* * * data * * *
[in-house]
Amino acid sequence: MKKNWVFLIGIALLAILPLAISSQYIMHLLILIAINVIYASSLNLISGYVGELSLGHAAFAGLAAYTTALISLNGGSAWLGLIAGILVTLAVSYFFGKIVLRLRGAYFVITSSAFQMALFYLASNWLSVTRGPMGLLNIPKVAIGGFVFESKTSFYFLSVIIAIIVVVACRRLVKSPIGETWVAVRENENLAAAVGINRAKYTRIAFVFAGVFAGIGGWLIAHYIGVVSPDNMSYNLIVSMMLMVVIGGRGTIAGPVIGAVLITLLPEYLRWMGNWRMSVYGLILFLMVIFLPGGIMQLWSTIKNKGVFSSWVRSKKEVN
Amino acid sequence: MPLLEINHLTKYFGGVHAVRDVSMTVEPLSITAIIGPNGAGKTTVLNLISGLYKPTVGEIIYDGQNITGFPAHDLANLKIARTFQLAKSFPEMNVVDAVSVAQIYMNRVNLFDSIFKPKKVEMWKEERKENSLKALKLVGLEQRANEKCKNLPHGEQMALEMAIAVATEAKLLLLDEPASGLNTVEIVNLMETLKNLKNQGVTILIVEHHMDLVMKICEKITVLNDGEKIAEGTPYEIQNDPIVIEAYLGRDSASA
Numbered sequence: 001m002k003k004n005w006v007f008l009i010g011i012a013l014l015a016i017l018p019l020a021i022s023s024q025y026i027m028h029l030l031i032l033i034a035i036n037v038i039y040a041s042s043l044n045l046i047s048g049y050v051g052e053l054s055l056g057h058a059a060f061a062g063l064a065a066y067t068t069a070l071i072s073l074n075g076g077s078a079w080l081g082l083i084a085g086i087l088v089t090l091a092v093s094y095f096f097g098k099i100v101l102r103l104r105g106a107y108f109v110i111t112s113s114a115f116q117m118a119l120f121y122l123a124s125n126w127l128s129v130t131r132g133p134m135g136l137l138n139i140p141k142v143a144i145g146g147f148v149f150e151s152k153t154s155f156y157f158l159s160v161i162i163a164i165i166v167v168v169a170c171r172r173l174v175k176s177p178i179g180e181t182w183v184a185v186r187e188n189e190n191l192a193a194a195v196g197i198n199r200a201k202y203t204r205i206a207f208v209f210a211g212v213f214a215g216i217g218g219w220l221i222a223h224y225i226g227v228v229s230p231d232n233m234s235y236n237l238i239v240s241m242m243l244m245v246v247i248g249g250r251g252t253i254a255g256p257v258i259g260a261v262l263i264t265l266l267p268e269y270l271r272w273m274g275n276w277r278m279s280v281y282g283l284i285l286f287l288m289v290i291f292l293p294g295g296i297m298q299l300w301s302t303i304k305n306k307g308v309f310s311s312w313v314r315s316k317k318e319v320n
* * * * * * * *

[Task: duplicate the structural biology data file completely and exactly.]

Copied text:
[in-house]
Amino acid sequence: MKKNWVFLIGIALLAILPLAISSQYIMHLLILIAINVIYASSLNLISGYVGELSLGHAAFAGLAAYTTALISLNGGSAWLGLIAGILVTLAVSYFFGKIVLRLRGAYFVITSSAFQMALFYLASNWLSVTRGPMGLLNIPKVAIGGFVFESKTSFYFLSVIIAIIVVVACRRLVKSPIGETWVAVRENENLAAAVGINRAKYTRIAFVFAGVFAGIGGWLIAHYIGVVSPDNMSYNLIVSMMLMVVIGGRGTIAGPVIGAVLITLLPEYLRWMGNWRMSVYGLILFLMVIFLPGGIMQLWSTIKNKGVFSSWVRSKKEVN
Amino acid sequence: MPLLEINHLTKYFGGVHAVRDVSMTVEPLSITAIIGPNGAGKTTVLNLISGLYKPTVGEIIYDGQNITGFPAHDLANLKIARTFQLAKSFPEMNVVDAVSVAQIYMNRVNLFDSIFKPKKVEMWKEERKENSLKALKLVGLEQRANEKCKNLPHGEQMALEMAIAVATEAKLLLLDEPASGLNTVEIVNLMETLKNLKNQGVTILIVEHHMDLVMKICEKITVLNDGEKIAEGTPYEIQNDPIVIEAYLGRDSASA
Numbered sequence: 001m002k003k004n005w006v007f008l009i010g011i012a013l014l015a016i017l018p019l020a021i022s023s024q025y026i027m028h029l030l031i032l033i034a035i036n037v038i039y040a041s042s043l044n045l046i047s048g049y050v051g052e053l054s055l056g057h058a059a060f061a062g063l064a065a066y067t068t069a070l071i072s073l074n075g076g077s078a079w080l081g082l083i084a085g086i087l088v089t090l091a092v093s094y095f096f097g098k099i100v101l102r103l104r105g106a107y108f109v110i111t112s113s114a115f116q117m118a119l120f121y122l123a124s125n126w127l128s129v130t131r132g133p134m135g136l137l138n139i140p141k142v143a144i145g146g147f148v149f150e151s152k153t154s155f156y157f158l159s160v161i162i163a164i165i166v167v168v169a170c171r172r173l174v175k176s177p178i179g180e181t182w183v184a185v186r187e188n189e190n191l192a193a194a195v196g197i198n199r200a201k202y203t204r205i206a207f208v209f210a211g212v213f214a215g216i217g218g219w220l221i222a223h224y225i226g227v228v229s230p231d232n233m234s235y236n237l238i239v240s241m242m243l244m245v246v247i248g249g250r251g252t253i254a255g256p257v258i259g260a261v262l263i264t265l266l267p268e269y270l271r272w273m274g275n276w277r278m279s280v281y282g283l284i285l286f287l288m289v290i291f292l293p294g295g296i297m298q299l300w301s302t303i304k305n306k307g308v309f310s311s312w313v314r315s316k317k318e319v320n